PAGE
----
Thanks to the arrival of the Sony Alpha 850, the aspiring full-frame digital photographer now has another reasonably priced DSLR to consider, and only a few features separate it from the Alpha 900
It is often feared that dynamic range will be a casualty with densely populated sensors, but the Alpha 850 has a range of 12EV, which puts it on a par with most high-end DSLRs.
It is also possible to extract a lot of detail from the shadows with a curves adjustment or by using the Dynamic Range Optimizer (D-RO). There are seven settings available for the D-RO, in addition to ‘off’. In its Standard setting, the D-RO adjusts contrast across the entire image. However, in the Advanced Auto and Advanced Level settings, the camera analyses the scene and brightens parts of the image selectively.
There are five settings available in the Advanced Level option. Using too high a level results in artificially flat images as well as increased noise in shadow areas. Consequently, level five is best reserved for very high contrast situations and I mostly used level three.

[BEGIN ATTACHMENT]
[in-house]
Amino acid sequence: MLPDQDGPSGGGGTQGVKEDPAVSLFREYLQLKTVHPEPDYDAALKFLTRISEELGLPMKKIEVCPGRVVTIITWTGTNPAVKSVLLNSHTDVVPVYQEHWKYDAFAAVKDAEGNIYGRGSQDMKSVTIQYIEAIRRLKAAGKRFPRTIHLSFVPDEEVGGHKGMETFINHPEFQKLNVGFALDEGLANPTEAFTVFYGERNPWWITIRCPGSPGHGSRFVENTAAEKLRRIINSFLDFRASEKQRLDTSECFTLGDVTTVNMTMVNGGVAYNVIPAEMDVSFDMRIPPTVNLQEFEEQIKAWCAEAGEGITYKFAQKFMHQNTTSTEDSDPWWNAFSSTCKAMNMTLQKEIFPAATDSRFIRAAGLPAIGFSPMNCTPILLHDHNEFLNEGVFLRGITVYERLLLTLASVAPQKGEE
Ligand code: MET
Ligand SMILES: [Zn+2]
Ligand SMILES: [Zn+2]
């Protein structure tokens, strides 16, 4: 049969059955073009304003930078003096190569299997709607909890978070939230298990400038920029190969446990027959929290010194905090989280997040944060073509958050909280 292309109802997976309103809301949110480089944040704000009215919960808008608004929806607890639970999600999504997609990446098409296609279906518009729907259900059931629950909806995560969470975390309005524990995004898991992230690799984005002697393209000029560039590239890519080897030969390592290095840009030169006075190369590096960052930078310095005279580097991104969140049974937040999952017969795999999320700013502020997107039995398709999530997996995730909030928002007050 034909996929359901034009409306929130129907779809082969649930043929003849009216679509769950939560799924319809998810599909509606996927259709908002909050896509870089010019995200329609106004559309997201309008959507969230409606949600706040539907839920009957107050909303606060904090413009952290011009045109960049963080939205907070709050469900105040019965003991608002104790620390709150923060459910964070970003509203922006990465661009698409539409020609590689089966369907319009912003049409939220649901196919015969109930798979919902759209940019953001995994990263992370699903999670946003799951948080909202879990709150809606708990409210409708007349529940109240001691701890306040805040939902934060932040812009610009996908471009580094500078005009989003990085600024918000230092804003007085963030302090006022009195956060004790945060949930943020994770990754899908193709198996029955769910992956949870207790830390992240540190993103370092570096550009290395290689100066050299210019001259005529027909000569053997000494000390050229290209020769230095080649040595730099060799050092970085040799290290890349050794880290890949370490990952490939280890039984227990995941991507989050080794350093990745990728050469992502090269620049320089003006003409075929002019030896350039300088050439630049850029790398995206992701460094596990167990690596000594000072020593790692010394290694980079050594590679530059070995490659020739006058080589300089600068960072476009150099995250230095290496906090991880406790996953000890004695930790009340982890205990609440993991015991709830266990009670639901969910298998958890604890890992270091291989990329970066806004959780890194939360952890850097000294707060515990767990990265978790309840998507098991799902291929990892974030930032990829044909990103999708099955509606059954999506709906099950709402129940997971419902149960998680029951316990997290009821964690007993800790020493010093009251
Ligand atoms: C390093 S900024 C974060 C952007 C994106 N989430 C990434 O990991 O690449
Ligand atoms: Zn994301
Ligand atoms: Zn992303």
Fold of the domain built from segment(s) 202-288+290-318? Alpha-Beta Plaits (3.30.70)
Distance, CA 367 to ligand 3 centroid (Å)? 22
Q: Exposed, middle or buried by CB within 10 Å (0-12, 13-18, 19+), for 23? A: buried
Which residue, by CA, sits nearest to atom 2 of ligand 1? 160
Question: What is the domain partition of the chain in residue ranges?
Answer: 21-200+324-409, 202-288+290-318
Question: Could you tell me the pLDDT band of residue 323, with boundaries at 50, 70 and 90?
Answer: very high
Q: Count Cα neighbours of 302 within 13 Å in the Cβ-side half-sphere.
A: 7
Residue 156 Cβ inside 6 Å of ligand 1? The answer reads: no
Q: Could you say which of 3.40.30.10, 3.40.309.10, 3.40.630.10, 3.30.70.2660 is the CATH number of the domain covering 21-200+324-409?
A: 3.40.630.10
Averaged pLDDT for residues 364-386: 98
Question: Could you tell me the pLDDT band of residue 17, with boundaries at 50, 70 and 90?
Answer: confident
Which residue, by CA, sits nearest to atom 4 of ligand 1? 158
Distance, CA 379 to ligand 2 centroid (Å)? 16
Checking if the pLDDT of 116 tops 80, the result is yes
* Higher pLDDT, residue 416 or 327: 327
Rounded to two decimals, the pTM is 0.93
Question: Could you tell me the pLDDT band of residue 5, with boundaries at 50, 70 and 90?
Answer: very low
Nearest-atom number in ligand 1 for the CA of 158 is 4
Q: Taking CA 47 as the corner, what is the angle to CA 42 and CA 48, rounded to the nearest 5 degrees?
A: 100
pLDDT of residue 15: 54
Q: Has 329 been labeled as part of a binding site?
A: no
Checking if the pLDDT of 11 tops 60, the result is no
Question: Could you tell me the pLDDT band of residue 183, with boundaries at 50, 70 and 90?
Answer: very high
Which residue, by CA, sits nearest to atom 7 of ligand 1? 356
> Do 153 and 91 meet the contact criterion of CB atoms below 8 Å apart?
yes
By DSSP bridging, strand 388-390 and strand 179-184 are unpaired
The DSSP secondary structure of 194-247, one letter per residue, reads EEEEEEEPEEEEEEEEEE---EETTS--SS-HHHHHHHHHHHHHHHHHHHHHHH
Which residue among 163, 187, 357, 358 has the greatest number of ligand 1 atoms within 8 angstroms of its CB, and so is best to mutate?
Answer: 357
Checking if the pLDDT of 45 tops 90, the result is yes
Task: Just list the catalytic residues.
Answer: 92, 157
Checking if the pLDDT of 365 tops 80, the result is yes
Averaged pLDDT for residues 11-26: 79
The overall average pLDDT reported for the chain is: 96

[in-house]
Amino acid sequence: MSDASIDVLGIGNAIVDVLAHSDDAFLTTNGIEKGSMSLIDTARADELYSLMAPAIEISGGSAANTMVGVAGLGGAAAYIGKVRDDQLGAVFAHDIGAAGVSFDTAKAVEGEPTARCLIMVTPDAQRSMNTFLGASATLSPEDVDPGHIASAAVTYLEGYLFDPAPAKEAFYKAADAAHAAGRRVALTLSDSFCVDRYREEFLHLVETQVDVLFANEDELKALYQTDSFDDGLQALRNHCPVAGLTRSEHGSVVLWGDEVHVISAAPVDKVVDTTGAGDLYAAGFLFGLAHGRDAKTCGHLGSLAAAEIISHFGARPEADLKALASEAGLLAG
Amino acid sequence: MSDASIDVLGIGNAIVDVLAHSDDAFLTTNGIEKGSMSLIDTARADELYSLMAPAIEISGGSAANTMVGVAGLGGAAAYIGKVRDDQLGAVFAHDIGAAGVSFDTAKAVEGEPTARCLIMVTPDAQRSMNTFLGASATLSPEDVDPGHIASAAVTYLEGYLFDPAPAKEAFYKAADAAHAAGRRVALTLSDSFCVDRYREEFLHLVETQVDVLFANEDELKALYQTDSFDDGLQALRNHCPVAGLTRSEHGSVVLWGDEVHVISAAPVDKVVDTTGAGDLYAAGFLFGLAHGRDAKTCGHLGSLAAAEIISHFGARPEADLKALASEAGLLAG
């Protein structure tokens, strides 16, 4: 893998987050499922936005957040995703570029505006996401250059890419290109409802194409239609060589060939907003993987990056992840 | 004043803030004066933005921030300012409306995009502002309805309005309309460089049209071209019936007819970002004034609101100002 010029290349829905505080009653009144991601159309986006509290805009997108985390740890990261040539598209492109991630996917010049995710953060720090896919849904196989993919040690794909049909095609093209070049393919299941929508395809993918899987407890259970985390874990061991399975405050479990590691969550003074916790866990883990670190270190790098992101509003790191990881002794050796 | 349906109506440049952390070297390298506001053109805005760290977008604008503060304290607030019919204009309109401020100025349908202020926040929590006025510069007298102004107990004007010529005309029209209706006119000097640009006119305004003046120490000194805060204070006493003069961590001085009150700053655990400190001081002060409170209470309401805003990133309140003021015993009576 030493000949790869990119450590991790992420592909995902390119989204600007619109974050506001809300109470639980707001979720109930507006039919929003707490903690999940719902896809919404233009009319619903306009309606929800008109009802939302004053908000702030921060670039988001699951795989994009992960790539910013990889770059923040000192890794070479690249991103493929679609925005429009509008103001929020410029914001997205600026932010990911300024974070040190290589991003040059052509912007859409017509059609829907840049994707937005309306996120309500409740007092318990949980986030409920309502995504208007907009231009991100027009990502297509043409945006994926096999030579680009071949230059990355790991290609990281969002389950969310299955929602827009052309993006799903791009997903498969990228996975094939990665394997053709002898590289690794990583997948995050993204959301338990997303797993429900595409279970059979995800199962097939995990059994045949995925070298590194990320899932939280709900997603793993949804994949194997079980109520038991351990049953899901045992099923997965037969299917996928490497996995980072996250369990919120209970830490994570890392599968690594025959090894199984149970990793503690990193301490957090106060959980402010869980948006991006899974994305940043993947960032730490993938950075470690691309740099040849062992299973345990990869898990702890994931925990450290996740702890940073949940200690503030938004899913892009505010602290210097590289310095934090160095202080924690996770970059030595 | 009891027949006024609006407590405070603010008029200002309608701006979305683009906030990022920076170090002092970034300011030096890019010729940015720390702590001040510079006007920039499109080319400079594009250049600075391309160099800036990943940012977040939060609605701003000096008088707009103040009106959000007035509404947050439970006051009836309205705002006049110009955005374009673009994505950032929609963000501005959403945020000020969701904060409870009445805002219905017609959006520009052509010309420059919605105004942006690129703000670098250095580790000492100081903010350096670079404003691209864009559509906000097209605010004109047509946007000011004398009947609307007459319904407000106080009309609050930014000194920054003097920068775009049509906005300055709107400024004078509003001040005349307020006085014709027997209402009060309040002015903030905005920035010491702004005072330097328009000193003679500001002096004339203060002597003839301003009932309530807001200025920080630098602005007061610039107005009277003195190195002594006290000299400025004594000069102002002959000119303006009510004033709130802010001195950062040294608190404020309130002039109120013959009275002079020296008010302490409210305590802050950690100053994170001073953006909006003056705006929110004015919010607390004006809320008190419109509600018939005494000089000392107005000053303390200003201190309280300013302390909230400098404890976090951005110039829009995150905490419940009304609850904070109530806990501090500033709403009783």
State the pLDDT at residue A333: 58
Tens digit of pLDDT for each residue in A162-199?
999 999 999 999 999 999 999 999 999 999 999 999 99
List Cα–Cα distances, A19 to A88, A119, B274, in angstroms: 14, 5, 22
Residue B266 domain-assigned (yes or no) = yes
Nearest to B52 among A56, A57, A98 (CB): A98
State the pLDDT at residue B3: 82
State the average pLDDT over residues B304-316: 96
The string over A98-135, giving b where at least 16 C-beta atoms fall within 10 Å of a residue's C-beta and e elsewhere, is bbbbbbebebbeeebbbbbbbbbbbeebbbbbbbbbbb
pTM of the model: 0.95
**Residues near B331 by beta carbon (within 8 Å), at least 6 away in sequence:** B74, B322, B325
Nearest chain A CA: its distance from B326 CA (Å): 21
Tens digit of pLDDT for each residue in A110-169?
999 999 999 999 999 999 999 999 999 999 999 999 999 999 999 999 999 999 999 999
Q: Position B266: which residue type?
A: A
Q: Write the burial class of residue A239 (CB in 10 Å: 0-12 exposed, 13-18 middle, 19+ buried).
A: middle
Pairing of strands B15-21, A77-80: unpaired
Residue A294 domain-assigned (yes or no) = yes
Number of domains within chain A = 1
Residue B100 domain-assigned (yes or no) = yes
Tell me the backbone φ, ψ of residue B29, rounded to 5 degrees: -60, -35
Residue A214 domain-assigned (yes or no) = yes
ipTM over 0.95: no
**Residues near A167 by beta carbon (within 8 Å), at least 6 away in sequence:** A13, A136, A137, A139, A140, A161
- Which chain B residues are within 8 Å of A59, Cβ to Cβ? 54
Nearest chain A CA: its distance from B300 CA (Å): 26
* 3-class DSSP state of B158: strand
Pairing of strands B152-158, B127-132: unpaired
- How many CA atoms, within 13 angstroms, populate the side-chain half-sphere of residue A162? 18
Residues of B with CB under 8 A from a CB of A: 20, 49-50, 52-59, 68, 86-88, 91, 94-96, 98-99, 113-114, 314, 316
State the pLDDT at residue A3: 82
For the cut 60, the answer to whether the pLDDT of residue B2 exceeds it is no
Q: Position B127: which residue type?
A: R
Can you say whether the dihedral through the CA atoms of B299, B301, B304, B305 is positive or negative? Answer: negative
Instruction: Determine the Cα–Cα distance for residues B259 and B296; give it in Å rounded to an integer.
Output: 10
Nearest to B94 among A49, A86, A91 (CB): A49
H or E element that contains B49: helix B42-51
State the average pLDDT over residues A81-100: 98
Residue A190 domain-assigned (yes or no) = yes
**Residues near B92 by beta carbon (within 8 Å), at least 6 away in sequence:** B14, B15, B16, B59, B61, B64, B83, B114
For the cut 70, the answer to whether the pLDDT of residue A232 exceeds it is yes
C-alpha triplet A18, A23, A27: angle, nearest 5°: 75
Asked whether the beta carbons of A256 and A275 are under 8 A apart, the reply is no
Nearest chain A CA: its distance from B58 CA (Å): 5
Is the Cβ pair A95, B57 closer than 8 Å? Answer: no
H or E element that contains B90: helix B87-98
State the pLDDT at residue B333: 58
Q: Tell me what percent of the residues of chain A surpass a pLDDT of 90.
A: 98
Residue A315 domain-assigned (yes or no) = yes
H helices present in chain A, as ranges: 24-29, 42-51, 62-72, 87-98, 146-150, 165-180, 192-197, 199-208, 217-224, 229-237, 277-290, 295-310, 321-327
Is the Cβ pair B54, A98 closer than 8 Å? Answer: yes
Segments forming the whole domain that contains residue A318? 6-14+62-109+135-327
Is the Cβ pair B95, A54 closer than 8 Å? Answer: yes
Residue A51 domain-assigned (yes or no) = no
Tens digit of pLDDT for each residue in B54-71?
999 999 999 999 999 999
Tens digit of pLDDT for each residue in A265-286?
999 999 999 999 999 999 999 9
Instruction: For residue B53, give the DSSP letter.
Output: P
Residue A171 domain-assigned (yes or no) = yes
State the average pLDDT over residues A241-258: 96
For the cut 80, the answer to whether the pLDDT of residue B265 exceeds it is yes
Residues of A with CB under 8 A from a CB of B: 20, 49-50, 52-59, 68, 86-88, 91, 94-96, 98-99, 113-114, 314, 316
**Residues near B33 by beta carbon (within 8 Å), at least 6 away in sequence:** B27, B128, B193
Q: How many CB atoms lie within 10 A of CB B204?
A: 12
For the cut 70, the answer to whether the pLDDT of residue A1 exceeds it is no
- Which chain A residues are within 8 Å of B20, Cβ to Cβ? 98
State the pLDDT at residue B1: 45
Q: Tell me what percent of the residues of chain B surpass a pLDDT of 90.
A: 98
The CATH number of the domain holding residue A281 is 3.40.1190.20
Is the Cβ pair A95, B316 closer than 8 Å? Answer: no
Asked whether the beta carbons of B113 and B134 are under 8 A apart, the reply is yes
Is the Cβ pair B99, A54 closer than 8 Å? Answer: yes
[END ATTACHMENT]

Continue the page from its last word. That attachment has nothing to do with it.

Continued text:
Understanding the graph: This graph shows the brightness values recorded by the test camera when it is used to photograph a stepped graduation wedge. The wedge has transmission values in 1⁄2EV steps ranging from 0 to 12EV.
The camera’s exposure is set so the 12EV section in the wedge has a brightness value of 255. Software analysis of the image then determines the recorded brightness values of all the other steps and calculates the camera’s dynamic range.
This graphic indicates that the Alpha 850 can reproduce the majority of the Adobe RGB gamut in the red, magenta, purple, blue and cyan areas, but as is often the case it struggles to capture the full subtlety of the range of greens available.
Even the more restricted sRGB gamut is slightly clipped in the green area.